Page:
Answered by Dr. Sudhir Kumar 13 minutes later
Brief Answer: Thank you for getting back. Detailed Answer: I can understand your frustrations and I would be glad to be of help now and in future. I agree that you have a "problem" that needs to be identified and treated. It is not Cheyne Stokes breathing, as it occurs in patients with severe brain injury, who are semi-conscious or unconscious. MS is a possibility that needs to be considered/excluded, by doing appropriate tests (MRI of spine, brain, lumbar puncture, etc). Yes, viral infections and antibodies to virus could weaken diaphragmatic muscles (and other muscles). Drop in oxygen saturation can be explained by your breathing difficulty in supine position, and we have to trust that reading of pulse oximeter and try to explain it rather than no believe it! I hope it helps. Best wishes, Dr Sudhir Kumar MD DM (Neurology)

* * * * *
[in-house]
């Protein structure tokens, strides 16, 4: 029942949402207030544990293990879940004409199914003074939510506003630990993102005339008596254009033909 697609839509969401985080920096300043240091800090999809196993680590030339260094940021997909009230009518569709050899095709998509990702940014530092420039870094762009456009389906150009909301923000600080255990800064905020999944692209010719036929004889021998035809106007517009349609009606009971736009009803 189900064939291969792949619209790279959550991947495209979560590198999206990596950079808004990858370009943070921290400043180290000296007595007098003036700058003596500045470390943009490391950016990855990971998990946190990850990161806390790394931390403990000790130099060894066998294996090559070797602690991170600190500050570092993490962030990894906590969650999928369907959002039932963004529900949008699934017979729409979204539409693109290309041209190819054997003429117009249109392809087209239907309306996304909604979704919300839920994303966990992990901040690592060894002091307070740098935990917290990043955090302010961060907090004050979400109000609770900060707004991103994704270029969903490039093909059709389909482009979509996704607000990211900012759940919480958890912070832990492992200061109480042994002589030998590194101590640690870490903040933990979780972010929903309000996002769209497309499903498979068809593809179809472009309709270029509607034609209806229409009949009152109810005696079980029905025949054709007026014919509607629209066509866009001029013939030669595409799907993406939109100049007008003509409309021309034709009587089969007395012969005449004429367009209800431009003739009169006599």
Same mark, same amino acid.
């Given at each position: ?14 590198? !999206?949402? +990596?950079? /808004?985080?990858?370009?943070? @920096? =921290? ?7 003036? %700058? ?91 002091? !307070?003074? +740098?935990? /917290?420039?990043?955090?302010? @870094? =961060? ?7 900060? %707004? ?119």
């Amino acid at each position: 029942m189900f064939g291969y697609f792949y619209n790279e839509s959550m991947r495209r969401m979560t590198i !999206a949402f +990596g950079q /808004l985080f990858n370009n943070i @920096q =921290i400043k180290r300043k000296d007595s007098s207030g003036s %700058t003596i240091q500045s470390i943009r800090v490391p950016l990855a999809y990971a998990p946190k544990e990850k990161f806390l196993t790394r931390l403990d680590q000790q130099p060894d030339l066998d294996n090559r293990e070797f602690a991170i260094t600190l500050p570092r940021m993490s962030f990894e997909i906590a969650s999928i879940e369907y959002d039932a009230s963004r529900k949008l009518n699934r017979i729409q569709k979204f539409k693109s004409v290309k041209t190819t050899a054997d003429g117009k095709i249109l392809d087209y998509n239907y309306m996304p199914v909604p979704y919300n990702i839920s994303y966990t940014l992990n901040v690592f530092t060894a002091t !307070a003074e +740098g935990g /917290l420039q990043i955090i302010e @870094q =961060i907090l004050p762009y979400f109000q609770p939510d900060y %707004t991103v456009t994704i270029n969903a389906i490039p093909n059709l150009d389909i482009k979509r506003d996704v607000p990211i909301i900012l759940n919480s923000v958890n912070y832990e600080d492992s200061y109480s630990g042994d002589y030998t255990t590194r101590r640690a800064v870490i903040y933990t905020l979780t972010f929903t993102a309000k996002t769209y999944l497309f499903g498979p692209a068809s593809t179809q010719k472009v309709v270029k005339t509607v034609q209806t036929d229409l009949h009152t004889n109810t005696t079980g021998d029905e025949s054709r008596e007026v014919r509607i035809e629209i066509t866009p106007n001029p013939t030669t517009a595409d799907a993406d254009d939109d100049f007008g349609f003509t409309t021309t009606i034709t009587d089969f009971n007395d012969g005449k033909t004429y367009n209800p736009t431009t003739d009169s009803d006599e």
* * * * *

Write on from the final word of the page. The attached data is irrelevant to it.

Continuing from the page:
Above answer was peer-reviewed by
Follow-up: What causes breathing difficulties interfering with sleep? 26 minutes later
Thank you so much Dr. XXXXXXX sound like an amazing...true doctor...and trust me...WE NEED MANY MORE LIKE YOU!!! ESPECIALLY HERE!!! I will keep in touch. Kindest Regards, XXXX
Answered by Dr. Sudhir Kumar 5 minutes later
Brief Answer: Thank you. Detailed Answer: Thank you for your appreciation! Best wishes, Dr Sudhir Kumar MD DM (Neurology)
Above answer was peer-reviewed by